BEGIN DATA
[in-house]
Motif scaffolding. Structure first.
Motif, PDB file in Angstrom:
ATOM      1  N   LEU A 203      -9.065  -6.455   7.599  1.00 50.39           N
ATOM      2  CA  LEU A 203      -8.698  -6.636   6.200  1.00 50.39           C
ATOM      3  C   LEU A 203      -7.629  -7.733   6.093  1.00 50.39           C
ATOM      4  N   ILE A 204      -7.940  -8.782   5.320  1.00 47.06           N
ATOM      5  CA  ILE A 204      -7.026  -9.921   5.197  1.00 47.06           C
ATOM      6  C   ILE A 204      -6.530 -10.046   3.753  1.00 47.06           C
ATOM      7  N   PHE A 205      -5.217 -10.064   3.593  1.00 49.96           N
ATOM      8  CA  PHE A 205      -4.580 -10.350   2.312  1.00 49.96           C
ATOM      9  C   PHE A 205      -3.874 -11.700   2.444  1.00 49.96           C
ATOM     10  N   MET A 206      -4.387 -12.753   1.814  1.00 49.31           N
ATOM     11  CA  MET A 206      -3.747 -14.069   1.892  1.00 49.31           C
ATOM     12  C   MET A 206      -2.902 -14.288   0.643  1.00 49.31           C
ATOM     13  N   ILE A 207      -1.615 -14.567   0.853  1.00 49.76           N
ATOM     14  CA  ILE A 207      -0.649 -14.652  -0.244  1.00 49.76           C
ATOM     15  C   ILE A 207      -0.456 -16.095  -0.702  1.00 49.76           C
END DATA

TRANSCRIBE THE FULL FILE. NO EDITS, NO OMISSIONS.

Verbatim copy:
[in-house]
Motif scaffolding. Structure first.
Motif, PDB file in Angstrom:
ATOM      1  N   LEU A 203      -9.065  -6.455   7.599  1.00 50.39           N
ATOM      2  CA  LEU A 203      -8.698  -6.636   6.200  1.00 50.39           C
ATOM      3  C   LEU A 203      -7.629  -7.733   6.093  1.00 50.39           C
ATOM      4  N   ILE A 204      -7.940  -8.782   5.320  1.00 47.06           N
ATOM      5  CA  ILE A 204      -7.026  -9.921   5.197  1.00 47.06           C
ATOM      6  C   ILE A 204      -6.530 -10.046   3.753  1.00 47.06           C
ATOM      7  N   PHE A 205      -5.217 -10.064   3.593  1.00 49.96           N
ATOM      8  CA  PHE A 205      -4.580 -10.350   2.312  1.00 49.96           C
ATOM      9  C   PHE A 205      -3.874 -11.700   2.444  1.00 49.96           C
ATOM     10  N   MET A 206      -4.387 -12.753   1.814  1.00 49.31           N
ATOM     11  CA  MET A 206      -3.747 -14.069   1.892  1.00 49.31           C
ATOM     12  C   MET A 206      -2.902 -14.288   0.643  1.00 49.31           C
ATOM     13  N   ILE A 207      -1.615 -14.567   0.853  1.00 49.76           N
ATOM     14  CA  ILE A 207      -0.649 -14.652  -0.244  1.00 49.76           C
ATOM     15  C   ILE A 207      -0.456 -16.095  -0.702  1.00 49.76           C